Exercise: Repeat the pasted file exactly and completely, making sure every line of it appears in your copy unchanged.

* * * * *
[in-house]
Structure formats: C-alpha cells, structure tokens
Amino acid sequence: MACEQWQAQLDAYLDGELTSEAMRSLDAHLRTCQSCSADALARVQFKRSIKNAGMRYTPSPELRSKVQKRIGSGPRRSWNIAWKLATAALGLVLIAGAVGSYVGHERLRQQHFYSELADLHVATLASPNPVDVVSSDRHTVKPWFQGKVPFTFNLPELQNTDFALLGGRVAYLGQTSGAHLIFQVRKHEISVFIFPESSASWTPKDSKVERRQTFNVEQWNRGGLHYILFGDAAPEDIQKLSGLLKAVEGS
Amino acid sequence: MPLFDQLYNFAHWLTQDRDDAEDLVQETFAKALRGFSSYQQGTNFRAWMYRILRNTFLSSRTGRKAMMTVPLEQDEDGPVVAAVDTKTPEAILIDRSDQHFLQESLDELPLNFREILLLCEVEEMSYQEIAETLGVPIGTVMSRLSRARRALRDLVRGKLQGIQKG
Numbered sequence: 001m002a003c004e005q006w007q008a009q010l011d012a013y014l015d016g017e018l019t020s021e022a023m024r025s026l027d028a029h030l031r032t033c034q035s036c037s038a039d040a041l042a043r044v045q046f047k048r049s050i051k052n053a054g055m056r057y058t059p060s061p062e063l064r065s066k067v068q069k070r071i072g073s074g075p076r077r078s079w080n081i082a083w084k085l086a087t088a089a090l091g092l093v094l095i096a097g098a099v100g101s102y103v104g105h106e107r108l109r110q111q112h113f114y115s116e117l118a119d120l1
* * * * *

[in-house]
Structure formats: C-alpha cells, structure tokens
Amino acid sequence: MACEQWQAQLDAYLDGELTSEAMRSLDAHLRTCQSCSADALARVQFKRSIKNAGMRYTPSPELRSKVQKRIGSGPRRSWNIAWKLATAALGLVLIAGAVGSYVGHERLRQQHFYSELADLHVATLASPNPVDVVSSDRHTVKPWFQGKVPFTFNLPELQNTDFALLGGRVAYLGQTSGAHLIFQVRKHEISVFIFPESSASWTPKDSKVERRQTFNVEQWNRGGLHYILFGDAAPEDIQKLSGLLKAVEGS
Amino acid sequence: MPLFDQLYNFAHWLTQDRDDAEDLVQETFAKALRGFSSYQQGTNFRAWMYRILRNTFLSSRTGRKAMMTVPLEQDEDGPVVAAVDTKTPEAILIDRSDQHFLQESLDELPLNFREILLLCEVEEMSYQEIAETLGVPIGTVMSRLSRARRALRDLVRGKLQGIQKG
Numbered sequence: 001m002a003c004e005q006w007q008a009q010l011d012a013y014l015d016g017e018l019t020s021e022a023m024r025s026l027d028a029h030l031r032t033c034q035s036c037s038a039d040a041l042a043r044v045q046f047k048r049s050i051k052n053a054g055m056r057y058t059p060s061p062e063l064r065s066k067v068q069k070r071i072g073s074g075p076r077r078s079w080n081i082a083w084k085l086a087t088a089a090l091g092l093v094l095i096a097g098a099v100g101s102y103v104g105h106e107r108l109r110q111q112h113f114y115s116e117l118a119d120l1